Press Release

St. Francis Hospital Partners With Mercy Medical Center to Provide Town of Hempstead With 50 Defibrillators for Parks, Beaches, Pools and More

August 31st, 2016

Island Park, NY - Hempstead Town Supervisor Anthony J. Santino has announced a lifesaving initiative by St. Francis Hospital and Mercy Medical Center to donate 50 automated external defibrillators (AEDS) to parks, pools, beaches and senior centers in the town. The defibrillators, valued at $1,500 per device, were secured through a state contract by both hospitals, so there was no cost to the town.

“Defibrillators are often utilized by police, fire and other emergency personnel due to their proven ability to save lives,” stated Santino. “The Town of Hempstead commends St. Francis Hospital and Mercy Medical Center for partnering with us to provide this lifesaving equipment for town parks, beaches, pools and senior centers.”

Town personnel will receive specialized training on the proper use of the defibrillators. However, the devices also come with step-by-step instructions, so in the event of an extreme emergency, anyone can quickly learn the steps to help someone in cardiac arrest. What’s more, the devices, produced by Cardiac Science Corporation, include bilingual (Spanish/English) instructions, making them accessible to a broad population across the town. Earlier this year, town employees were able to save the life of a fellow coworker by performing CPR and using a defibrillator located nearby.

“We are pleased to be able to support such an important, lifesaving initiative,” said Patricia Daye, vice president of ambulatory services for St. Francis, who agreed to supply half of the AEDs after being approached by Ronald Steimel, chief administrative officer of Mercy Medical Center, a fellow Catholic Health Services hospital.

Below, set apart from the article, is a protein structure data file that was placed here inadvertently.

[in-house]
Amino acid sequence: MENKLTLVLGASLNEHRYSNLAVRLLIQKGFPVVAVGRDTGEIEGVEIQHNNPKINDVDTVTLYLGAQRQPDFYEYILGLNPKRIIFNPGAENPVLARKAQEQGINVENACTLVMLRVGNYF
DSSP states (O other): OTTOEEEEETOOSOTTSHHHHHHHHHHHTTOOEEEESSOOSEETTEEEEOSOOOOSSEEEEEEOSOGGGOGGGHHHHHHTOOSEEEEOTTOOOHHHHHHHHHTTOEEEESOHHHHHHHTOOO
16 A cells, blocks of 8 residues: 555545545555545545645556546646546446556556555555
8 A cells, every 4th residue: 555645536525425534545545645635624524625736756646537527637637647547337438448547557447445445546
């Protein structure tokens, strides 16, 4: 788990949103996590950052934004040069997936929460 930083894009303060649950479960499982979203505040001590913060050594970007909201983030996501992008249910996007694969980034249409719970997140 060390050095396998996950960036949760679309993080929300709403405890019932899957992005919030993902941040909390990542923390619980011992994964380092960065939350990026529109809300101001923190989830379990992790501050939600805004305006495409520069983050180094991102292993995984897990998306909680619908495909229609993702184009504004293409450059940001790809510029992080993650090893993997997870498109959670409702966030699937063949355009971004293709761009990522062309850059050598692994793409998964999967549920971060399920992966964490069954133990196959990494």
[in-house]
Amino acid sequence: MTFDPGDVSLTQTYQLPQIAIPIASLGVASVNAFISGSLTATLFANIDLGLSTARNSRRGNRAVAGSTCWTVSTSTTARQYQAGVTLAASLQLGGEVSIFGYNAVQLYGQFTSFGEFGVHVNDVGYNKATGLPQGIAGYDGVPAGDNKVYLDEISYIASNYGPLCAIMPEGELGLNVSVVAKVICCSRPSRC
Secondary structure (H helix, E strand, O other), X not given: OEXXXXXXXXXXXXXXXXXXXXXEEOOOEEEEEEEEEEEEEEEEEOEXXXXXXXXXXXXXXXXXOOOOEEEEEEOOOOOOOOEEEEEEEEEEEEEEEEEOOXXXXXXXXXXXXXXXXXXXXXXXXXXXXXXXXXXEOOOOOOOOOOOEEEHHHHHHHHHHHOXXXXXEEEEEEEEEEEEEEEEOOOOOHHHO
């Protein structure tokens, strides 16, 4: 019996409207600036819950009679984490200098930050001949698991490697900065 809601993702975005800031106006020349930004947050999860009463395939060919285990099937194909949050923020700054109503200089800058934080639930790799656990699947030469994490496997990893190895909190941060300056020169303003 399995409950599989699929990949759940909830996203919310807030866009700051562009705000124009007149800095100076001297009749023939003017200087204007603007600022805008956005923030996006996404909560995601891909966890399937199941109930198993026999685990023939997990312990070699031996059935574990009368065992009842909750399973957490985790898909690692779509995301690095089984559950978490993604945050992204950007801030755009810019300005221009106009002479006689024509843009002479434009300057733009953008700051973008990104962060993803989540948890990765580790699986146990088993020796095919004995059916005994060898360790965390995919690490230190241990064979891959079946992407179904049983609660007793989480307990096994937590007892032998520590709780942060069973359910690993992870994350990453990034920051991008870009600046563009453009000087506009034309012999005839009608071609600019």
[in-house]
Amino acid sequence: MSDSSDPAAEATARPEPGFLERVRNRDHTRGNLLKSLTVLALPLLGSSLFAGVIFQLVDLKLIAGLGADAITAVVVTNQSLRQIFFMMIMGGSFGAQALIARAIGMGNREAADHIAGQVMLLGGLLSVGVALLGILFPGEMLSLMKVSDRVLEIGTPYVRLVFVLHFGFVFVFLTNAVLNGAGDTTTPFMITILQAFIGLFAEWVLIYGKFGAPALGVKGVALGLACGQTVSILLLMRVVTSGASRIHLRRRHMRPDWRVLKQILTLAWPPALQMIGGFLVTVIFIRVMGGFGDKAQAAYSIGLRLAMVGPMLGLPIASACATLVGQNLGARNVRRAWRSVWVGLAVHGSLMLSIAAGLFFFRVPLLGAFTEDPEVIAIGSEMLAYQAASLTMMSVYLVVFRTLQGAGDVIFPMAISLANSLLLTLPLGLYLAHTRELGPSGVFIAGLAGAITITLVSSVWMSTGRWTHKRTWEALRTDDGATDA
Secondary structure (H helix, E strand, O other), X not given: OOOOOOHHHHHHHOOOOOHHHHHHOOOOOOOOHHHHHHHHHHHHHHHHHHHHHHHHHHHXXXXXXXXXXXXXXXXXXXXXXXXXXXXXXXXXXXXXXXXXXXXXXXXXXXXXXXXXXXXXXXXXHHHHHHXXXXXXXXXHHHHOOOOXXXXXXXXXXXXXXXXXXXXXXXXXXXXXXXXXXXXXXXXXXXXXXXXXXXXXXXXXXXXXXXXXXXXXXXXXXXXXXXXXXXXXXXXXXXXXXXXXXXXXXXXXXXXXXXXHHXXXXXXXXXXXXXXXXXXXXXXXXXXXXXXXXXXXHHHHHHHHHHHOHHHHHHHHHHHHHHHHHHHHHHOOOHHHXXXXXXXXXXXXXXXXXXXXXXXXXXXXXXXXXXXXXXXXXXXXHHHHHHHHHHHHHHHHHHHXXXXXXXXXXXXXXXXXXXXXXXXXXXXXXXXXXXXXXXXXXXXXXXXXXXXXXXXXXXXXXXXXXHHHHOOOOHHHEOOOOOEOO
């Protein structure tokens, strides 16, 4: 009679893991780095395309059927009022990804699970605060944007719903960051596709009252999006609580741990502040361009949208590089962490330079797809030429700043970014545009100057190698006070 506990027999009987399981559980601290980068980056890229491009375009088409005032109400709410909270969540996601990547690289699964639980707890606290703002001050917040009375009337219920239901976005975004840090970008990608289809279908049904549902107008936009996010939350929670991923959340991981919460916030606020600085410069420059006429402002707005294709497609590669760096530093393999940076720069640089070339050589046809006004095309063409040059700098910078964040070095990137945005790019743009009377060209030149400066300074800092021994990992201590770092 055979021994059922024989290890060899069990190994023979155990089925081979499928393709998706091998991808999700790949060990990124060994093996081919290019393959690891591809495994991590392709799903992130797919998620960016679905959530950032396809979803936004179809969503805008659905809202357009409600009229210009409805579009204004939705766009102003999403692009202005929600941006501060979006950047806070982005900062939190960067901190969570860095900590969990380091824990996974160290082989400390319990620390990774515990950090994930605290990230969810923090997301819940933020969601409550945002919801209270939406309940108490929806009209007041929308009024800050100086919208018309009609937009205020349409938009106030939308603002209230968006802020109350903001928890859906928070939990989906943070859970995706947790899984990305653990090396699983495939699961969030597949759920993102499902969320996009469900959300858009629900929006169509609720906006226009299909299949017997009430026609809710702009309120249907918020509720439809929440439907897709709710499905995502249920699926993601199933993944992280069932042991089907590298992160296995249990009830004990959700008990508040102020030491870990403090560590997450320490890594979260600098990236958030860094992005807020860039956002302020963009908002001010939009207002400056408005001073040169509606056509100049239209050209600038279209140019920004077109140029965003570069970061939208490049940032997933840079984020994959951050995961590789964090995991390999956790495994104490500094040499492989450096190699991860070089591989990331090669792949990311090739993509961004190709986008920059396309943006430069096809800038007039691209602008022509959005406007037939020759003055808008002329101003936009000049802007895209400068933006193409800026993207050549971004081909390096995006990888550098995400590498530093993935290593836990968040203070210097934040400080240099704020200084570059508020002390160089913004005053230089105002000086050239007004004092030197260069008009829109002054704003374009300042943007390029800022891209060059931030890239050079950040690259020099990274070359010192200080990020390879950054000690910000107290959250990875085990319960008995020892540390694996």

“Having these potentially lifesaving devices available at these venues will benefit residents and visitors of all ages in an emergency situation, and having quick access to them is key to surviving a cardiac emergency,” said Louise Spadaro, MD, director of the Cardiac Outreach Program at St. Francis.

According to the American Heart Association, there are more than 350,000 reported cardiac arrest cases per year in the United States, and only 10 percent of those victims survive. In instances where a victim is immediately administered CPR and defibrillation, the chances of survival are doubled. What’s more, for every minute that a victim is in cardiac arrest without help, the survival odds are decreased by 10 percent.

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